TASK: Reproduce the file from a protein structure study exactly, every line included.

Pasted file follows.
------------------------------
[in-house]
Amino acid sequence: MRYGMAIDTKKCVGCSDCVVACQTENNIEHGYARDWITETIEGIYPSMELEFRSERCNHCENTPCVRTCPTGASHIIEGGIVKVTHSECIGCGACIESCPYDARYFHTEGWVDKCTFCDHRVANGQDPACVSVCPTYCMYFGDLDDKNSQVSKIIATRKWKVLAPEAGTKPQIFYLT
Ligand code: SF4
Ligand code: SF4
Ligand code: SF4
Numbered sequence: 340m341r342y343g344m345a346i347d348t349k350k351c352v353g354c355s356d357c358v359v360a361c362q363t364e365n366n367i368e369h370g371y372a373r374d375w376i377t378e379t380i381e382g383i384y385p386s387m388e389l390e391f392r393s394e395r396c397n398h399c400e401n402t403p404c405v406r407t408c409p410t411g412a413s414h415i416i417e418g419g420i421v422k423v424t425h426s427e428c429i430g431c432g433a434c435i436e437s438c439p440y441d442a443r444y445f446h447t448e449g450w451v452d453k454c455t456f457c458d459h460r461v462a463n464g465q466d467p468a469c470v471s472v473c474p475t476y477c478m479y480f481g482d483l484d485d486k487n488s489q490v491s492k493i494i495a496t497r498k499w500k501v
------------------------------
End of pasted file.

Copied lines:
[in-house]
Amino acid sequence: MRYGMAIDTKKCVGCSDCVVACQTENNIEHGYARDWITETIEGIYPSMELEFRSERCNHCENTPCVRTCPTGASHIIEGGIVKVTHSECIGCGACIESCPYDARYFHTEGWVDKCTFCDHRVANGQDPACVSVCPTYCMYFGDLDDKNSQVSKIIATRKWKVLAPEAGTKPQIFYLT
Ligand code: SF4
Ligand code: SF4
Ligand code: SF4
Numbered sequence: 340m341r342y343g344m345a346i347d348t349k350k351c352v353g354c355s356d357c358v359v360a361c362q363t364e365n366n367i368e369h370g371y372a373r374d375w376i377t378e379t380i381e382g383i384y385p386s387m388e389l390e391f392r393s394e395r396c397n398h399c400e401n402t403p404c405v406r407t408c409p410t411g412a413s414h415i416i417e418g419g420i421v422k423v424t425h426s427e428c429i430g431c432g433a434c435i436e437s438c439p440y441d442a443r444y445f446h447t448e449g450w451v452d453k454c455t456f457c458d459h460r461v462a463n464g465q466d467p468a469c470v471s472v473c474p475t476y477c478m479y480f481g482d483l484d485d486k487n488s489q490v491s492k493i494i495a496t497r498k499w500k501v